Monsoon rain in India triggered a landslide in the southwestern Indian state of Kerala. The horrific incident left 43 people dead, including three children, with dozens of more people buried.

Deadly landslide

On August 6, the landslide swept into a settlement housing workers on a tea plantation in the Idukki district, and the incident happened when most residents were fast asleep. Dozens of houses were immediately destroyed, leaving 11 people injured and rushed to the hospital.

As search and rescue workers spend days digging through the debris and thick mud, the death toll rose. The efforts of search and rescue workers were hampered further by the constant heavy rain.

According to district lawmaker Dean Kuriakose, 25 people are still missing. More than 500 personnel from local forces and the National Disaster Response Force have been deployed to look for survivors and corpses.

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Kerala's Chief Minister Pinarayi Vijayan stated on Twitter on August 9 that despite inclement weather and harsh conditions, the search for those who went missing is progressing.

On August 10, the Indian Meteorological Department issued a stern warning of "heavy to very heavy rainfall" in certain parts of the state for the next 24 hours. A red alert was in place for seven of the state's 14 districts. For weeks, Kerala has been battered by heavy rain and flooding.

Another tragedy

On August 7, a tragedy happened again when an Air India Express plane skidded off the runway and broke into two while trying to land at Kozhikode Calicut International Airport amid the heavy rain.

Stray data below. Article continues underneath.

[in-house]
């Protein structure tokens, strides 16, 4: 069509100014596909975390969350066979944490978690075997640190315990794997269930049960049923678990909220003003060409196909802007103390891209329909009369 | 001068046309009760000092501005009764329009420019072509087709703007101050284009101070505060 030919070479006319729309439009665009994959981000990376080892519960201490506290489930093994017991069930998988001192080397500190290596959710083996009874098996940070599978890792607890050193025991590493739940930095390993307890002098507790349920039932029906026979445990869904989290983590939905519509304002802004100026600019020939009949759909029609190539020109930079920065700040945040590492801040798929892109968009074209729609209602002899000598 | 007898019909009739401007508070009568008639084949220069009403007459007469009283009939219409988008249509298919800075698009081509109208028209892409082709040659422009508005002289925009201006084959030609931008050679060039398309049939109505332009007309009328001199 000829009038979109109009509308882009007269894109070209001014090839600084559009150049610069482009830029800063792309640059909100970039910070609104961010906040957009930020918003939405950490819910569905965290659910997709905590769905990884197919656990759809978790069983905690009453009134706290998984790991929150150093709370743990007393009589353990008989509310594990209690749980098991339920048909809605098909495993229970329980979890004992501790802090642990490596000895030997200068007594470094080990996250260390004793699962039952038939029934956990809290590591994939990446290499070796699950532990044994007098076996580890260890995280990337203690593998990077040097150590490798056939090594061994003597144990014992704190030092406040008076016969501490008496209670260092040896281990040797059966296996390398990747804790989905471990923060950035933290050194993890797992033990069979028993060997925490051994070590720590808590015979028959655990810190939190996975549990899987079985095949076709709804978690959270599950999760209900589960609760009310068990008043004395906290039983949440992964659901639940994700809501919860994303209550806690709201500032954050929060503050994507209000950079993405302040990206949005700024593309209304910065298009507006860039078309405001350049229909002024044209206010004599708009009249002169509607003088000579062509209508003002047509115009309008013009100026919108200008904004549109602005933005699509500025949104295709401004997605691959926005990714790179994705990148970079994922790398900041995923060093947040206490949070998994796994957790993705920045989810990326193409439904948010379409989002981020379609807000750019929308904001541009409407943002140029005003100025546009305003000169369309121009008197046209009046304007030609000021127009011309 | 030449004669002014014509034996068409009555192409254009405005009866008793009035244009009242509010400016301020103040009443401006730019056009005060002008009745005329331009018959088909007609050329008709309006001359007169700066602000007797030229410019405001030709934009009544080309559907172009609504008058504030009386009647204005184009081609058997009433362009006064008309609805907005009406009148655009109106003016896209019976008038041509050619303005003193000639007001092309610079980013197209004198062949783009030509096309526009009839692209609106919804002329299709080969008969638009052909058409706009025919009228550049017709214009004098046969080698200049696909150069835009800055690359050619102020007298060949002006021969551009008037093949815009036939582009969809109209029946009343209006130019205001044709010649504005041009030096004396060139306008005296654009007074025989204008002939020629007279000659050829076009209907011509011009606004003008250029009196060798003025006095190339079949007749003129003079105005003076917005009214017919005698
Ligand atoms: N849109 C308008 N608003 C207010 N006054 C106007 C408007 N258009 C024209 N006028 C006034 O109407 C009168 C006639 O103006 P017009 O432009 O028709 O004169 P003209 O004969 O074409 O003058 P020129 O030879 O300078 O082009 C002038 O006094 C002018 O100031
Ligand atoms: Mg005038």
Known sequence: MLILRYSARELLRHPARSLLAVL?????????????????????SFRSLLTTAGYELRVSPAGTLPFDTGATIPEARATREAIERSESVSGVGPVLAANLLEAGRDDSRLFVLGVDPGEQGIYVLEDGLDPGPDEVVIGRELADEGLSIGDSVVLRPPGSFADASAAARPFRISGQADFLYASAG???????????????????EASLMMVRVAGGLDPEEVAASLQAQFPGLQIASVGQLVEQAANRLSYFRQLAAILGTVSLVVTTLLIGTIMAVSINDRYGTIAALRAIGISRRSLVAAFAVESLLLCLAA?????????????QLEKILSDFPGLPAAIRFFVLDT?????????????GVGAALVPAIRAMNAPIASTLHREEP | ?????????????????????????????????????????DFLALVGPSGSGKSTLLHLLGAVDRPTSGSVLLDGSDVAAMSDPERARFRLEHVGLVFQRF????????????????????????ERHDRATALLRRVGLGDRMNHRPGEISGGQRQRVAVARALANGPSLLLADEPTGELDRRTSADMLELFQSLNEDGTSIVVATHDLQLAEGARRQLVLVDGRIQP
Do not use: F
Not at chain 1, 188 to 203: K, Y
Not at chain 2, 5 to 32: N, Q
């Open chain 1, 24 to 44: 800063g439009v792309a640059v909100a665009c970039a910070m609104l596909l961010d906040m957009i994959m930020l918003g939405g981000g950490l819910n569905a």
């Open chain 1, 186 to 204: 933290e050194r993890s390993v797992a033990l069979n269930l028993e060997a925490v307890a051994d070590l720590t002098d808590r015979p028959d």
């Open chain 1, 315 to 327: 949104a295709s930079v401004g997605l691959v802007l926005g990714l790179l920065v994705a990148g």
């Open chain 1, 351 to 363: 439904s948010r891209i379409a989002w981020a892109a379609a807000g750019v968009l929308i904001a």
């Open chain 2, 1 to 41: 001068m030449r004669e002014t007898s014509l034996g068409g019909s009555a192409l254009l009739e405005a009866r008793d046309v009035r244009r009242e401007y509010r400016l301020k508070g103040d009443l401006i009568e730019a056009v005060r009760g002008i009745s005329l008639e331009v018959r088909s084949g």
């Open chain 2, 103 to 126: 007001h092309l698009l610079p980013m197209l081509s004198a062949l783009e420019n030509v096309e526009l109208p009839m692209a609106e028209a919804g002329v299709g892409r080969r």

The flight from Dubai had 190 people on board when it crashed, according to a statement by Air India Express. A total of 18 people died, including both pilots and four children.

For centuries, agriculture in South Asia has depended on the annual monsoon, which stretches from about June until September. However, intense rains and floods also cause massive devastation and billions of dollars in economic loss and damage across much of the region every year.

In 2018, Kerala was hit with flooding, which was the worst flooding in Kerala's history in almost a century as reported by CNN. Flash floods swept through the state, the sewage lines were blocked and the rivers overflowed. More than 300 people were killed and thousands were displaced.

In 2019, Kerala and the states surrounding it were inundated again and 150 people died, leaving hundreds of homes destroyed. Thousands of people were forced to spend time in relief camps.

Since May 2020, monsoon rains have triggered heavy flooding in the eastern Indian states of Bihar and Assam, and it affected more than 2.4 million people, swamping massive parts of the national park and killing more than 100 wild animals.

Nepal has also endured massive landslides and severe flooding, while almost one-third of Bangladesh has been affected by floods.

Floods have also engulfed massive swaths of southern China in 2020, with the Yangtze basin having its heaviest average rainfall in almost 60 years.

The direct economic cost of the tragedy is at $21 billion in destroyed farmland, roads, and other property. More than 55 million people have been affected.

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